The Effects of Cognitive Impairment on Hospitalizations in Heart Failure Patients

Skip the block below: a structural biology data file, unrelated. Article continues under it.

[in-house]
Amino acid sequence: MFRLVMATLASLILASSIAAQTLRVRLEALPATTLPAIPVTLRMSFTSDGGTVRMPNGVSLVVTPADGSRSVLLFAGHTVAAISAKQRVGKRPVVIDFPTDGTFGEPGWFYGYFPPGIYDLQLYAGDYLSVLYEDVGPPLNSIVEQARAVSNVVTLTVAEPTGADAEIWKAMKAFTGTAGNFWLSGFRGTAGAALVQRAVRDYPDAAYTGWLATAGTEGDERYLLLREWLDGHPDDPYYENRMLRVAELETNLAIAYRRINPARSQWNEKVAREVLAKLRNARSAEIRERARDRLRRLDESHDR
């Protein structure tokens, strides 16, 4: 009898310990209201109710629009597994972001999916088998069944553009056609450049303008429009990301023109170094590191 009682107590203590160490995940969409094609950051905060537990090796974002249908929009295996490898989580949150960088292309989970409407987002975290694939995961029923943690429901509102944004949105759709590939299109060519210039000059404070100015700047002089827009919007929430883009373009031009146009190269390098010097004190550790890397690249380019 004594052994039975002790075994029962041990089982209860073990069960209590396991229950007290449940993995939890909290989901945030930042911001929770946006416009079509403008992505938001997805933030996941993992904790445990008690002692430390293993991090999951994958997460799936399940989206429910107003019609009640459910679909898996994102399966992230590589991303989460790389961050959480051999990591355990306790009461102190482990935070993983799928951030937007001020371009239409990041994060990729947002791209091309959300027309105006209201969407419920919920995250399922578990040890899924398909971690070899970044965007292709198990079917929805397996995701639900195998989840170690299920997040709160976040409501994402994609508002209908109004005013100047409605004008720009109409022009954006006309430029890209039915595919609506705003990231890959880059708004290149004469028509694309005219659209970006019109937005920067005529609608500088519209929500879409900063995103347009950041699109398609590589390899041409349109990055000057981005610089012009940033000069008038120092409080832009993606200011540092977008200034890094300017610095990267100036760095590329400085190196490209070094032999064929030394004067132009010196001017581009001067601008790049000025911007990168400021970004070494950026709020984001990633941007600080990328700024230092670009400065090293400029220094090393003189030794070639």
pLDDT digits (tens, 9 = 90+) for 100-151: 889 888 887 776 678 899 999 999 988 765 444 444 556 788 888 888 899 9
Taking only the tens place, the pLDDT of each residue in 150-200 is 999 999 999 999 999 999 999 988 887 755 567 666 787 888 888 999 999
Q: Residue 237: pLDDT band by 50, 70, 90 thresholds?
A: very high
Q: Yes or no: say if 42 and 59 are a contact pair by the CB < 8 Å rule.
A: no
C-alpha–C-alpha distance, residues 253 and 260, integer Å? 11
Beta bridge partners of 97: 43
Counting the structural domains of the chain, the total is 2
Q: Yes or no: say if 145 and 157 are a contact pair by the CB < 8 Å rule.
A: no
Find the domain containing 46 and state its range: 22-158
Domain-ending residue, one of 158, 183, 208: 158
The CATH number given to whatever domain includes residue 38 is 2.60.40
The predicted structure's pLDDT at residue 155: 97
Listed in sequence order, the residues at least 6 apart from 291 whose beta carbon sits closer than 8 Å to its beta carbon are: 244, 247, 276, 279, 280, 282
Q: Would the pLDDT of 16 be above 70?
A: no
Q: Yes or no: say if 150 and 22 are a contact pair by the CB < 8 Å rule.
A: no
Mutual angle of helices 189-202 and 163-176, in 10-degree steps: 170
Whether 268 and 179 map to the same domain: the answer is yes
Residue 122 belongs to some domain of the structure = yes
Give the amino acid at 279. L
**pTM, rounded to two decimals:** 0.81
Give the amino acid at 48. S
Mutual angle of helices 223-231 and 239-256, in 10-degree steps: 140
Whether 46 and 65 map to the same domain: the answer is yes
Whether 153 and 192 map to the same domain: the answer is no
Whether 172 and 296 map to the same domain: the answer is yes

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Background: Heart failure (HF) is a major health problem in the United States (US) linked to poor survival rates, high rehospitalization rates and high healthcare cost. HF is positively associated with aging and its impact on US health and healthcare systems is expected to grow as the baby boomer generation enters their retirement years. The same is true for another chronic health risk, cognitive impairment. There is a clear, negative impact on prognosis and healthcare outcomes associated with cognitive impairment in HF patients, but less is known about how these affect systems outcomes such as overall hospitalization. The aim of this study is to compare hospitalization patterns among HF patients with and without comorbid cognitive impairment to identify associated risks and outcomes. Methods: We performed a cross-sectional study of adults over the age of 45 with a diagnosis of heart failure. The data for this analysis was obtained from the 2014 Medical Expenditure Panel Survey (MEPS). Statistical analyses were performed using SPSS. Differences in the distribution of risk for patients with and without cognitive disorders were evaluated using weighted Chi-squared tests. A weighted logistic regression was used to find factors associated with hospitalization risk by examining associations among demographic and other characteristics with the outcome. Results: A total of 175 adults were studied. There was evidence of a statistically significant association between the presence of cognitive impairment and hospitalization (X² = 5661.545, p<0.0001). However, the association between the two was very weak (Cramer's V = 0.053, p<0.000; Pearson's R = -0.053, p<0.000). A logistic regression model was fit to assess associations between the outcome and insurance coverage, cognitive impairment, race, sex, age, annual family income and education. The odds of hospitalization were 1.15 times more when a subject is uninsured, as compared to those who were insured (p<0.0001), all other factors held constant. Similarly, those without cognitive impairment had 1.33 times the odds of hospitalization compared to that of those with cognitive impairment (p<0.0001). White subjects were found to have an 88% increase in odds of hospitalization compared to their non-White counterparts (p<0.0001). Men were expected to have a 13% increase in odds of hospitalization (p<0.0001). Younger age was a protective factor; there was a 40% reduction in odds of hospitalization for subjects under 65 years old (p<0.0001). Subjects with an annual family income under $35,000 were at 2.5-fold increased odds of hospitalization (p<0.0001). Education also showed to be a significant protective factor. Subjects with less than a high school education had 5.3 times the odds of hospitalization compared to subjects with at least a Bachelor's degree. Subjects with a high school diploma and/ or some college had a 2.4-fold increase in odds of hospitalization compared to those with at least a Bachelor's degree (p<0.0001). Conclusions: Consistent with the literature, populations with older age, less education and lower income were at a higher risk of hospitalization. However, this study ultimately found no evidence that supports the theory that cognitive impairment affects hospitalizations in heart failure patients. It is plausible that the high prevalence and relatedness of comorbidities between cognitive impairment, race, socioeconomic status, education, and age simply mask the effects of cognitive impairment on hospitalizations. These results warrant the continued study of the effects of cognitive impairment and number of hospitalizations, in addition to overall risk of hospitalization.